Anyway, in June 2018, to be supportive, I agreed to give parkrun a go. I went at the back, with the run/walk marker, who encouraged me to alternately run a minute and walk a minute. It took me over 40 minutes to complete my first 5K. The next time, the person at the back didn’t have a watch, so she encouraged me to alternate running and walking as I felt able; this time I did it in 36:17. The next time, a few weeks later, there was no back marker, so I decided to run for as long as I could and managed the whole 5K in 35:39. Now I had the bug! As the PBs kept coming, I became more and more motivated, and a regular. In October, I added an additional short run and began a running course to get me up to 10K. But, after the first session, I limped home and a subsequent visit to the sports physio confirmed I had a peroneal tendon injury in my ankle, acquired from doing too much too soon. The injury coincided with my son becoming unwell, so I didn’t get back to running again until the following April (2019).
This time, I joined Fitso Fitness, run by Marianne Clarke. My ambition was to get back to parkrun. However, in the company of others who had run 10Ks and half marathons, I upped my ambitions. I got back to parkrun and the PBs kept coming again. And I also registered for Barns Green 10K and Brighton 10K.
How did you come to sign up for our winter 19/20 training and what did you hope to gain from it?
After doing the 10Ks, I decided to register for the Brighton Half Marathon. I planned to get friends and relatives to sponsor me, to raise money for The Alzheimer’s Society in the process, as my dad lived with Alzheimer’s for many years and my mother was diagnosed with it in 2018, although died of other causes that same year. I joined RunBrighton as I’d heard about the training provided. At this point, I gave up on parkrun, unsure whether I should run two days in a row, and also I didn’t want to get up early on both Saturdays and Sundays, so my last parkrun was in November 2019.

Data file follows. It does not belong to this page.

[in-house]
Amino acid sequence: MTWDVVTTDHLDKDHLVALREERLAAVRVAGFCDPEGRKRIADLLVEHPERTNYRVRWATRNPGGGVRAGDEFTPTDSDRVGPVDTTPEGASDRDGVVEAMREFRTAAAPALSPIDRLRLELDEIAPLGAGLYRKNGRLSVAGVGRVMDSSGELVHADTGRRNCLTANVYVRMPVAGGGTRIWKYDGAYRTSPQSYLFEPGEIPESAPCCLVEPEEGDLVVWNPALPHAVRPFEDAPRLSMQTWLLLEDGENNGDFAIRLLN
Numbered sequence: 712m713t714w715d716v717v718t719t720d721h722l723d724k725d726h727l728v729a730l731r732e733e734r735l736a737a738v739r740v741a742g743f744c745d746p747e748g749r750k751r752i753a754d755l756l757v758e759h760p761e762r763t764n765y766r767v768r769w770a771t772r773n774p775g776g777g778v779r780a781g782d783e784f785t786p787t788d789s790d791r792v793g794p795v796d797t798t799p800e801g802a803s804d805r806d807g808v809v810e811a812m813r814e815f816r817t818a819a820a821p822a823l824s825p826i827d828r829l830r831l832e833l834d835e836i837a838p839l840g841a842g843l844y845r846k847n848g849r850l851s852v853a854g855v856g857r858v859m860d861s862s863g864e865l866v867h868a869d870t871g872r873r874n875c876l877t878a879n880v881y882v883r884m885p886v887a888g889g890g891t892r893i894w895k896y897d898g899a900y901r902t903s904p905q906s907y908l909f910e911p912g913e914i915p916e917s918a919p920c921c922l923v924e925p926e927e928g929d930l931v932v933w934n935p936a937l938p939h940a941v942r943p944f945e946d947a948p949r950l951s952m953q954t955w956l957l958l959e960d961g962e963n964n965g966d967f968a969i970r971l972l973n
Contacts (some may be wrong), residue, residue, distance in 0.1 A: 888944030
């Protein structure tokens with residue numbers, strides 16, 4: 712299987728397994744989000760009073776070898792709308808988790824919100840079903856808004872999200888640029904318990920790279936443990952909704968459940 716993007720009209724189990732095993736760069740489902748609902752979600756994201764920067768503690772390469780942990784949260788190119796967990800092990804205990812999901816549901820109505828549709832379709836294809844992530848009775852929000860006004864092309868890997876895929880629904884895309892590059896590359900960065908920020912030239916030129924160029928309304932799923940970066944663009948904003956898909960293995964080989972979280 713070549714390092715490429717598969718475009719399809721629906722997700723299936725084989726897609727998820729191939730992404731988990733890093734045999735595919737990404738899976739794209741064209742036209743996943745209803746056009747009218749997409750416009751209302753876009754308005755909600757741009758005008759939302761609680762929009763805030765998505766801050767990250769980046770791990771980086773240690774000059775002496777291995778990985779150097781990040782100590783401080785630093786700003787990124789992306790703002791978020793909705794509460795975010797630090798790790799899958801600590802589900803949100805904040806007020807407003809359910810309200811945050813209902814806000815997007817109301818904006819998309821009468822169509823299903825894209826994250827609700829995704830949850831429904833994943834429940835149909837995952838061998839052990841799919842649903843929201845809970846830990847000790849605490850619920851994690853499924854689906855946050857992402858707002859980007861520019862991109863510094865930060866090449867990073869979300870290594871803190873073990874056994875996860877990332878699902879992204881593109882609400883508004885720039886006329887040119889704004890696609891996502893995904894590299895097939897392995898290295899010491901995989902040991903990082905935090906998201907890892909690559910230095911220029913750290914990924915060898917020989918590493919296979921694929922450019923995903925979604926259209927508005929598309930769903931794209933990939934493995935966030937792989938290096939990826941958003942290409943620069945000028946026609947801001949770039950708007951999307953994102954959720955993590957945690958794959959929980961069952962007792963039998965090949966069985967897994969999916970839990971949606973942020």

I missed half of the RunBrighton winter training as I went to Australia for 5 weeks over Christmas and New Year, but I read the weekly emails and kept up with things via friends on WhatsApp. I rejoined the long Sunday runs on my return and, to my surprise, I found I really enjoyed getting up early and running with a group, and having coffee together afterwards. I arrived home earlier than my normal weekend getting-up time! I think RunBrighton engenders a great feeling of support and togetherness, and it really helped get me ready for the challenge of the Half Marathon.
You seemed to quickly get the running bug. I know you booked up for our training camp in the Algarve, back in March, which unfortunately was cancelled due to the pandemic. Maybe you’d be up for a similar trip, just as soon as the current restrictions are lifted?
After completing the Brighton Half Marathon (and raising over £1,300 for The Alzheimer’s Society), I was full of enthusiasm for running and was really looking forward to the running holiday in the Algarve. I booked rather late, hoping I could squeeze it in before lockdown occurred – a bit of a foolish move really. It was disappointing that it was cancelled, but I was relieved at the same time. I would definitely like to go, should another opportunity arise. In fact, I still have my BA voucher from the flight refund, which is valid for two years. Surely, it must be possible within that time!